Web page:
Let’s face it – nobody really like mosquitoes. Although we love the great outdoors, much of our time outside is spent unsuccessfully warding off biting pests.
From cheap as chips to not so much, there’s a range of products out there for repelling mosquitoes, and the average Canadian has probably tried most of them.
Here’s a quick guide to the types of products you should just scratch off the shopping list.
Candles or tiki torches contain citronella oil and are released as a smoke, which confuses mosquitoes and hinders their ability to smell the carbon dioxide and lactic acids that attract them to you.
Although they do keep mosquitoes away, they only do so within a 2 meter range, which is the length of your average basketballer lying down on the ground. When you think of it like that, that’s not a lot of area. And who wants to be drinking beers and eating potato chips outside with potentially toxic fumes all up in your face? And if there’s any kind of breeze, just forget about it; your tiki torch ain’t gonna work.
This perennial is marketed as a mosquito plant, due to fragrant leaves that apparently repel mosquitoes. There have been a number of studies disputing their effectiveness, including a study at the University of Guelph in Ontario. Canadian scientists found that when subjects put their arm in a cage with a plant, mosquitoes were just as likely to bite them had there not been a plant in the cage.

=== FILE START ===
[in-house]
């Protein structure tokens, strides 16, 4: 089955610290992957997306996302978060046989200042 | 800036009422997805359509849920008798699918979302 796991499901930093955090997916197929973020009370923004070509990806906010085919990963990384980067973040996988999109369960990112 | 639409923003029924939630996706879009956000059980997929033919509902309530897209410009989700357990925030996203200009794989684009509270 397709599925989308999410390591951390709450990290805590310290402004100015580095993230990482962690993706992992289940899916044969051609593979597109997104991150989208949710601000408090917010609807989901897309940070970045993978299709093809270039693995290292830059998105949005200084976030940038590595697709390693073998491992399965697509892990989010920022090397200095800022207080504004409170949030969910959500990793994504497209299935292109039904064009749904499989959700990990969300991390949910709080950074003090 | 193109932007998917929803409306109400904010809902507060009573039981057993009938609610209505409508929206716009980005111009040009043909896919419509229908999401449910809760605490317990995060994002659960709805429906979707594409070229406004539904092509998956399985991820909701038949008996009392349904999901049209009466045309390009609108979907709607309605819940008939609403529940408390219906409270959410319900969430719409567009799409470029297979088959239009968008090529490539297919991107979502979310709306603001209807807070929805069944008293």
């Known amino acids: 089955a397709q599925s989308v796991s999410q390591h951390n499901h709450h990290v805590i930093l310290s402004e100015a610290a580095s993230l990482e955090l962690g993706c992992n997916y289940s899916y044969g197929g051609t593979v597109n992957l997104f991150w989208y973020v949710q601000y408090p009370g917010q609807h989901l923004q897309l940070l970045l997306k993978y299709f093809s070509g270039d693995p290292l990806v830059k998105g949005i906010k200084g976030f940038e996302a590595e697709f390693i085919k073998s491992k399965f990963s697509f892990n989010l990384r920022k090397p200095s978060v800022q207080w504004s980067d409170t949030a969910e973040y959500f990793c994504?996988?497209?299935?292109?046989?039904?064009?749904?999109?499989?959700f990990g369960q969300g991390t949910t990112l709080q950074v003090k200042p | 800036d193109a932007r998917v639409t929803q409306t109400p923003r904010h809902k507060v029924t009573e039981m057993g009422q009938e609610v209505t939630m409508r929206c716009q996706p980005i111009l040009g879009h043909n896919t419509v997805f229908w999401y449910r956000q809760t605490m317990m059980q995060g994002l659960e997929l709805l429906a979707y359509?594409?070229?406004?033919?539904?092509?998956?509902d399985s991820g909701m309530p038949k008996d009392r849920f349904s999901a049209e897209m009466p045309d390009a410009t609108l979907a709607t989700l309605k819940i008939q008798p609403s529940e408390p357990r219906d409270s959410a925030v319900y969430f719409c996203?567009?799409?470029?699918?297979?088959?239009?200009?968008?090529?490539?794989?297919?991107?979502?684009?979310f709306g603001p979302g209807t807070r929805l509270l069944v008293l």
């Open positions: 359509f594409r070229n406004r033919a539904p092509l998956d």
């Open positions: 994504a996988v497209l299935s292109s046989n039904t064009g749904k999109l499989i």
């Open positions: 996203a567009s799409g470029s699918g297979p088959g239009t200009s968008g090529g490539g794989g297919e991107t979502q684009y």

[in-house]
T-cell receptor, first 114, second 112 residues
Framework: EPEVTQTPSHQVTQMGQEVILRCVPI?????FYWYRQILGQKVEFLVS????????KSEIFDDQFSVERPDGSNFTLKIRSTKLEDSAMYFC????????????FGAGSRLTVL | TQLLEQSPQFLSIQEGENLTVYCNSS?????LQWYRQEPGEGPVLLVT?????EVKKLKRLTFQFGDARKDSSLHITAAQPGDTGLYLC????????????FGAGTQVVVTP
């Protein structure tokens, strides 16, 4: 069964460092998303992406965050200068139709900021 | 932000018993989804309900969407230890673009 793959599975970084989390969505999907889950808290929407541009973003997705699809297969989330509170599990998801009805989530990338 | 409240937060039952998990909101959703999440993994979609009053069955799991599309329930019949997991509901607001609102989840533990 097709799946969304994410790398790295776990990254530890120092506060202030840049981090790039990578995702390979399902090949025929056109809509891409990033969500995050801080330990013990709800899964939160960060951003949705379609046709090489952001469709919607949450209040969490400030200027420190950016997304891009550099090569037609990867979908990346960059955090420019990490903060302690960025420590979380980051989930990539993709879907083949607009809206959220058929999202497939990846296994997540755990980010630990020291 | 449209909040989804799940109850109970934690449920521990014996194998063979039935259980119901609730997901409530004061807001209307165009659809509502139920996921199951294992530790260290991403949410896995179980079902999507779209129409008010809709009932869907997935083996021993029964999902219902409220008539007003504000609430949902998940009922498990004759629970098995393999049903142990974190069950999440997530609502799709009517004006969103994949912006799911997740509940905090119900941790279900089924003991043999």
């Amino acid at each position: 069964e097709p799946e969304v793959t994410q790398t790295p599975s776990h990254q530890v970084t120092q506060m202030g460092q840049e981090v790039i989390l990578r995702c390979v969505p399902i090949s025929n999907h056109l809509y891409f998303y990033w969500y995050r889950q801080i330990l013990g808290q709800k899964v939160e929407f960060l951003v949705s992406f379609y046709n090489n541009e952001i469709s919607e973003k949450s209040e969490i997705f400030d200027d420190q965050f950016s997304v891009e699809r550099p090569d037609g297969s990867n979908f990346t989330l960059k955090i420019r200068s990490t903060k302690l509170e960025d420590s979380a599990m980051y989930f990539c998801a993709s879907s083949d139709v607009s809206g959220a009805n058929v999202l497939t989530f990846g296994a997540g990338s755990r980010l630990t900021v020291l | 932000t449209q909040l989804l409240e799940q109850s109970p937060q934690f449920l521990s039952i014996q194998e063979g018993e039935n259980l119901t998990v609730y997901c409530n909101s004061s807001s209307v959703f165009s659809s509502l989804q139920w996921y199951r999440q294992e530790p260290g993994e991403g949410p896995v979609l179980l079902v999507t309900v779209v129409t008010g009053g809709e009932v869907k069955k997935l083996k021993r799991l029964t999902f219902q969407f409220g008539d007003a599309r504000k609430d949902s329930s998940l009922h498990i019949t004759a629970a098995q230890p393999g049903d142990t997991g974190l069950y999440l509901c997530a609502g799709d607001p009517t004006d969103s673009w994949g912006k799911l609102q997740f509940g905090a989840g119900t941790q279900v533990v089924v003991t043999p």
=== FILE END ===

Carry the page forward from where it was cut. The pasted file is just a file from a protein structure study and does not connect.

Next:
When something sounds too good to be true, it probably is. Instead of being an effective mosquito control solution, this is just a classic case of marketing done right (or wrong, depending on how you look at it).
Although you see them hanging in patios all across the world, electric insect traps are unfortunately pretty pointless. Instead of attracting mosquitoes, they attract hundreds of non-biting insects instead.
Mosquitoes are attracted to smells, and unfortunately the light doesn’t do much for them, unlike the multitude of harmless insects that these things kill.
While they certainly do kill some mosquitoes, they kill a much higher number of beneficial insects while they’re at it, and aren’t an adequate long term solution for controlling mosquitoes. One study showed that of the insects killed by a bug zapper, only 0.13% were female mosquitoes; those responsible for biting us and spreading viruses.
A cost-efficient and readily available option, mosquito coils produce a smoke which confuses the mosquito’s strong sense of smell. While they do provide some short-range protection, like tiki torches, mosquito coils aren’t so effective if there is much wind, so are only worthwhile in particular conditions.
It has also been suggested that the smoke released is potentially dangerous to our health, and burning one mosquito coil releases the same amount of particulate matter as burning 75-137 cigarettes. Yikes.